Editor’s note: What follows are summaries of state and federal appellate court opinions issued from Jan. 8 to Feb. 15. The list is organized by court and practice area. Names of the opinions below are linked to full-text opinions.
Texas Supreme Court
Southern Crushed Concrete LLC v. City of Houston
Feb. 15, 2013; No. 11-0270
The city of Houston denied Southern Crushed Concrete’s municipal permit application to move a concrete-crushing facility to a new location. Because the city’s ordinance makes it unlawful to build a concrete-crushing facility at a location that was specifically authorized by the Commission on Environmental Quality by virtue of a Texas Clean Air Act permit, the ordinance is pre-empted. The court of appeals’ judgment is reversed and rendered for SCC.
Certified EMS Inc. v. Potts
Feb. 15, 2013; No. 11-0517
A patient sued a nurse staffing service. The court of appeals held that, because the expert reports support a theory of vicarious liability against the staffing service, the lack of a description supporting direct liability is not fatal to the claimant’s maintaining her cause of action. When a health-care liability claim involves a vicarious liability theory, either alone or in combination with other theories, an expert report that meets the statutory standards as to the employee is sufficient to implicate the employer’s conduct under the vicarious theory. And if any liability theory has been adequately covered, the entire case may proceed. The court of appeals’ judgment is affirmed.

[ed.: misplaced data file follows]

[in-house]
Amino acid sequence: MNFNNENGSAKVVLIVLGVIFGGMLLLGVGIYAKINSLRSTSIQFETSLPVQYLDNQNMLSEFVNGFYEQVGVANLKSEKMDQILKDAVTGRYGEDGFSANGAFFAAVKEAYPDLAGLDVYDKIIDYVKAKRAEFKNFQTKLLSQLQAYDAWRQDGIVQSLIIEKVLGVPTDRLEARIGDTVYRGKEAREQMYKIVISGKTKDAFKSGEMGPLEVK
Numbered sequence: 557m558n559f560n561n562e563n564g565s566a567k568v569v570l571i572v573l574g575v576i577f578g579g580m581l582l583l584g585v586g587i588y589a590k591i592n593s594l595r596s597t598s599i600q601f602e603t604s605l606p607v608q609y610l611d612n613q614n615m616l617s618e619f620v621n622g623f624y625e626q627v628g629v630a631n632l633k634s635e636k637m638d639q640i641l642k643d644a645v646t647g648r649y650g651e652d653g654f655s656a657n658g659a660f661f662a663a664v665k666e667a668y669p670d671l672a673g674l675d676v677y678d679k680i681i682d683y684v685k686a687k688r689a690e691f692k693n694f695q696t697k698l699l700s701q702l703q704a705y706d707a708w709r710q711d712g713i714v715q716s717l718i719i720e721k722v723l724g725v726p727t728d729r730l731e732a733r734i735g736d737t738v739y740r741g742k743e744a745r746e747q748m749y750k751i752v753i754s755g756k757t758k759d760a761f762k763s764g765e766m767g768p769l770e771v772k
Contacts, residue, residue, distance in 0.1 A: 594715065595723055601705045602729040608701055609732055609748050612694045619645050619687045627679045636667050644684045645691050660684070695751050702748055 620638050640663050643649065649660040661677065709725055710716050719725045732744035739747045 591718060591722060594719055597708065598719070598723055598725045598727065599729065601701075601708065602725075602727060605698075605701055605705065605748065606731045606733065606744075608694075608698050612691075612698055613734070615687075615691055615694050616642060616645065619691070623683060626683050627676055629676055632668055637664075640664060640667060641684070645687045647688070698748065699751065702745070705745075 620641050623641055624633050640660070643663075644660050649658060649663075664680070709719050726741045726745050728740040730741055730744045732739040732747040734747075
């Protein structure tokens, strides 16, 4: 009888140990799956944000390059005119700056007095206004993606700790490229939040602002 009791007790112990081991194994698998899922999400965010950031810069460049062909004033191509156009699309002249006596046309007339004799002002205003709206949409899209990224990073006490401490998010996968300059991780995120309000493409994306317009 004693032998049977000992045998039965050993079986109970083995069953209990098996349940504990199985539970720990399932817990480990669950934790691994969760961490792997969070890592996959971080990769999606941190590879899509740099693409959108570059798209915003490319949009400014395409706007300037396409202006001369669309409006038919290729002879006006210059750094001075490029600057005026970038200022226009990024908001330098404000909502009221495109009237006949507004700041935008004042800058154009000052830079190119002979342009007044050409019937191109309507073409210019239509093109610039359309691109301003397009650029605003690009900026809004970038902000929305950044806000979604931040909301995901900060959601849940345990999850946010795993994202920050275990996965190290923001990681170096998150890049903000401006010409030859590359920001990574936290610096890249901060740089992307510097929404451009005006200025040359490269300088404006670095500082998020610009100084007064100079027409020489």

Courts of Criminal Appeals
Ex Parte Milner
Feb. 13, 2013; No. AP-76,481
Applicant pleaded guilty to two counts of attempted capital murder and one count of murder. The applicant has shown that his conviction and sentencing for a second offense of attempted capital murder violates the Double Jeopardy Clause of the Fifth Amendment and the Due Process Clause of the 14th Amendment. Applicant has also accompanied his meritorious double-jeopardy claim with a prima facie showing of actual innocence and has thereby satisfied his burden under Texas Code of Criminal Procedure Art. 11.07, § 4(a)(2). The trial court’s judgment is vacated with instructions to render judgment of acquittal.
Courts of Appeals — Civil
Murphy v. Wells Fargo Bank NA
Houston’s 14th Court of Appeals
Feb. 12, 2013; No. 14-11-00560-CV
The trial court granted summary judgment for the appellee, a bank, in this suit involving a foreclosure. The nonrecourse status of the loan mandates that appellants are not personally liable for the attorney fees the bank incurred prosecuting this litigation; rather, the bank may only recover its attorney fees and costs against the property. Because appellants were seeking a loan to refinance their home mortgage and not the purchase of a new home, they are not consumers under the DTPA. The trial court’s judgment is affirmed in part, reversed to the extent it awards attorney fees against the appellants personally, and remanded.
Bhatia v. Woodlands North Houston Heart Center PLLC